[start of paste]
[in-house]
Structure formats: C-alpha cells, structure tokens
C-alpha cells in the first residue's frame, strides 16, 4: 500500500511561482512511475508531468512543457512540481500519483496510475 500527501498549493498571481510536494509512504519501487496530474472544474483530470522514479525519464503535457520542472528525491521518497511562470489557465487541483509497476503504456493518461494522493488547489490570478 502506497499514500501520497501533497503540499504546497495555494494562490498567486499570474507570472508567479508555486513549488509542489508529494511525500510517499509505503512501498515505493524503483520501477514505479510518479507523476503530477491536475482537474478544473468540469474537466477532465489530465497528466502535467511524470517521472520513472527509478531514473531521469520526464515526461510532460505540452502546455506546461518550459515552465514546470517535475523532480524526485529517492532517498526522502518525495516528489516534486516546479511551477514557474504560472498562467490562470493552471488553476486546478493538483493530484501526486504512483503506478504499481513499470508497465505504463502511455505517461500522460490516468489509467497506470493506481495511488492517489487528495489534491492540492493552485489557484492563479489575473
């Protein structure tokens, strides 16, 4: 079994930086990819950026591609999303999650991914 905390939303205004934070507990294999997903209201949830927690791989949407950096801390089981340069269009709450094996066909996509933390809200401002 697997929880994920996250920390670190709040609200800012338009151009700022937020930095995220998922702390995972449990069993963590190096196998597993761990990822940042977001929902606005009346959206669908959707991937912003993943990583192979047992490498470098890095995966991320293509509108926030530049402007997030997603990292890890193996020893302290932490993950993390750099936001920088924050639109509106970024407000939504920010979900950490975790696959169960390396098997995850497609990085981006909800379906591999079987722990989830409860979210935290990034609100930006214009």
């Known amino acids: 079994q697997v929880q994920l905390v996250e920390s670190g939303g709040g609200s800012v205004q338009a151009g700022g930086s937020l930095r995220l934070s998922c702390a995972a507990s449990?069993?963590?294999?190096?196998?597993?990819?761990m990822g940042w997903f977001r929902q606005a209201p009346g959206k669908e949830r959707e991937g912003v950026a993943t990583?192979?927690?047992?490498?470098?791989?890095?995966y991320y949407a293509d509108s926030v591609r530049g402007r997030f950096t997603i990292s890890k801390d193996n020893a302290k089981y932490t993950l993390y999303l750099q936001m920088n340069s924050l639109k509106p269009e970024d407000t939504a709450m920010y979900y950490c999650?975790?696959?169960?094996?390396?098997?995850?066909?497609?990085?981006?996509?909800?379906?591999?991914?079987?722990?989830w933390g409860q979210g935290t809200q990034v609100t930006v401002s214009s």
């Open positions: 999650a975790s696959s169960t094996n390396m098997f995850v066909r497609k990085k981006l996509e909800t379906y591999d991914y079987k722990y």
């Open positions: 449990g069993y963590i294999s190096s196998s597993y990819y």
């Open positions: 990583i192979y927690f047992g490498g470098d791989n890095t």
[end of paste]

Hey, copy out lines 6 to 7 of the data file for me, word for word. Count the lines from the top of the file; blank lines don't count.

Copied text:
């Open positions: 999650a975790s696959s169960t094996n390396m098997f995850v066909r497609k990085k981006l996509e909800t379906y591999d991914y079987k722990y």
């Open positions: 449990g069993y963590i294999s190096s196998s597993y990819y």